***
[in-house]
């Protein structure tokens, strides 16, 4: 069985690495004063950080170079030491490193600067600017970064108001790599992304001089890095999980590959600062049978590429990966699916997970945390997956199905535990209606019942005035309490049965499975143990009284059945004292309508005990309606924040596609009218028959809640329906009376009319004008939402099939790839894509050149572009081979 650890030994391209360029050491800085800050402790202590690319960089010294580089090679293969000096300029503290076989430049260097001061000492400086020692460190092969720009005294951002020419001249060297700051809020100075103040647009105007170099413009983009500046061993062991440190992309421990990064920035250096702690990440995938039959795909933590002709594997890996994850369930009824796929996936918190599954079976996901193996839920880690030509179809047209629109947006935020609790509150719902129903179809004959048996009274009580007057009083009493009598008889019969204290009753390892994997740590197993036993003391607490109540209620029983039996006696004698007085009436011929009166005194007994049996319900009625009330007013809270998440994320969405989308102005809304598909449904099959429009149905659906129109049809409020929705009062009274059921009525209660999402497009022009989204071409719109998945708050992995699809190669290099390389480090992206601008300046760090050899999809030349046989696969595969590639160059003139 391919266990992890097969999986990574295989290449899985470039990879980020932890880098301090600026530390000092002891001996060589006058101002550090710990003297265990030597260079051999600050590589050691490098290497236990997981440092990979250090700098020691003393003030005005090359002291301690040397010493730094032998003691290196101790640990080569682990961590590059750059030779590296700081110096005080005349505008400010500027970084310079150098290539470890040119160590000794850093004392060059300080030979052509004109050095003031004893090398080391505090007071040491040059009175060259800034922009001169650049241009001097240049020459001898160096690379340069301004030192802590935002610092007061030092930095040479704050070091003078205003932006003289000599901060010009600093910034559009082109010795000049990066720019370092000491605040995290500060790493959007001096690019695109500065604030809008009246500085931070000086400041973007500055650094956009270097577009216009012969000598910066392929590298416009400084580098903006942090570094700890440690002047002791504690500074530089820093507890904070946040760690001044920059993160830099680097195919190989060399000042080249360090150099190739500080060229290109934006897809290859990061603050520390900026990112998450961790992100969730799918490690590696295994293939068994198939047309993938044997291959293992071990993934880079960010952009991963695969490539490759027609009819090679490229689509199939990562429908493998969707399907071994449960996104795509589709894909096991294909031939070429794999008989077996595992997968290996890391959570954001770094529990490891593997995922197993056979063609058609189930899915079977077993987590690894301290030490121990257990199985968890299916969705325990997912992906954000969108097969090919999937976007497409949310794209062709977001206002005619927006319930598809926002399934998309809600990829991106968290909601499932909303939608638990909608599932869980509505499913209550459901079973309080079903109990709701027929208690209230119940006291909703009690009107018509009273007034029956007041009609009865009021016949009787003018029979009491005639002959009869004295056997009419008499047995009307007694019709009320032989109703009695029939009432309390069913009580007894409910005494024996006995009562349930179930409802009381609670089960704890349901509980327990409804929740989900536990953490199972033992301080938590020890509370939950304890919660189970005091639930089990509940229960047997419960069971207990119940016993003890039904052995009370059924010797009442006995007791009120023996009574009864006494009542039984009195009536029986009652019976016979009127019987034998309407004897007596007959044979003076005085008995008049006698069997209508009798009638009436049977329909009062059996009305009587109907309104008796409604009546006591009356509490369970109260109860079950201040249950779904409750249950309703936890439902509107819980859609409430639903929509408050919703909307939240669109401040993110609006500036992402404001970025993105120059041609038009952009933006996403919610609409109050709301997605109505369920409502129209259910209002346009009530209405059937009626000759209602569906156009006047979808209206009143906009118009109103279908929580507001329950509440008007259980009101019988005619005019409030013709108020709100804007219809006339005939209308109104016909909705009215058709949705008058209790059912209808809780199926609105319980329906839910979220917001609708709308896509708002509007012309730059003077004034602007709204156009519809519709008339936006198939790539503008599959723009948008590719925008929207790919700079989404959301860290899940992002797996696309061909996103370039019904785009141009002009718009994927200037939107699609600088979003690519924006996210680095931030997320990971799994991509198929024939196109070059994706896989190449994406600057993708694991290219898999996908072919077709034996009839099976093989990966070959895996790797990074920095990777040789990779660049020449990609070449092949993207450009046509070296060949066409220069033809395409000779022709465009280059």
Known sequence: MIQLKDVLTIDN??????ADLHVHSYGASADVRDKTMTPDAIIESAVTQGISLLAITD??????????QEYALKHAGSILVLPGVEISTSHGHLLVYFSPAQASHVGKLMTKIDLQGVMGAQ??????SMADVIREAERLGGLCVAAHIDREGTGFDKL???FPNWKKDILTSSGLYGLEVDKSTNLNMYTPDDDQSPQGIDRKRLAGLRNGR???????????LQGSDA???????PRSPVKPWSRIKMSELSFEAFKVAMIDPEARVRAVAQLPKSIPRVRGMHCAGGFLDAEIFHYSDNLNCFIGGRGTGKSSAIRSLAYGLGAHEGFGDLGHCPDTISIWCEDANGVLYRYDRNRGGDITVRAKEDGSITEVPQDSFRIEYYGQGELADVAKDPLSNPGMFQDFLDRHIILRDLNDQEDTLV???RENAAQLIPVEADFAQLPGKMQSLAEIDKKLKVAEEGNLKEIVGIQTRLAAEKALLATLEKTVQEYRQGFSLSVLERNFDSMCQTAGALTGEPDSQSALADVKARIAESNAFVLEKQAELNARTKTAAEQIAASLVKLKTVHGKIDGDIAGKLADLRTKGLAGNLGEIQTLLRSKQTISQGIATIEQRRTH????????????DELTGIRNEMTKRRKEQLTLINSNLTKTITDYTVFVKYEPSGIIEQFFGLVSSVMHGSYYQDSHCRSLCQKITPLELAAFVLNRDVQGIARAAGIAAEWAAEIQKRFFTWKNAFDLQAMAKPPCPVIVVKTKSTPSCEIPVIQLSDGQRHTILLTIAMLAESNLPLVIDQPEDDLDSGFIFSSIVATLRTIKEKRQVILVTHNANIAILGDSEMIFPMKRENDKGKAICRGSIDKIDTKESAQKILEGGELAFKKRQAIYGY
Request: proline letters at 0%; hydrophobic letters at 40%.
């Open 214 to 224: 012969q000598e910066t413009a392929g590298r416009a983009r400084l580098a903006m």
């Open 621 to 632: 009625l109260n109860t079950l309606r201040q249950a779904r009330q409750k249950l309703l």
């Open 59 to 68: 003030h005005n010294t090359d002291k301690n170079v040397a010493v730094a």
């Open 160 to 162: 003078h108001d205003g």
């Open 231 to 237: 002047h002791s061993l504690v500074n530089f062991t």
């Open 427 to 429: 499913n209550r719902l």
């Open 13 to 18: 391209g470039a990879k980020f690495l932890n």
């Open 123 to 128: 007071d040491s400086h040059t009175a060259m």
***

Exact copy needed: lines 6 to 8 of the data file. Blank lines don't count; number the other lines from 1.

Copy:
């Open 621 to 632: 009625l109260n109860t079950l309606r201040q249950a779904r009330q409750k249950l309703l």
């Open 59 to 68: 003030h005005n010294t090359d002291k301690n170079v040397a010493v730094a």
């Open 160 to 162: 003078h108001d205003g």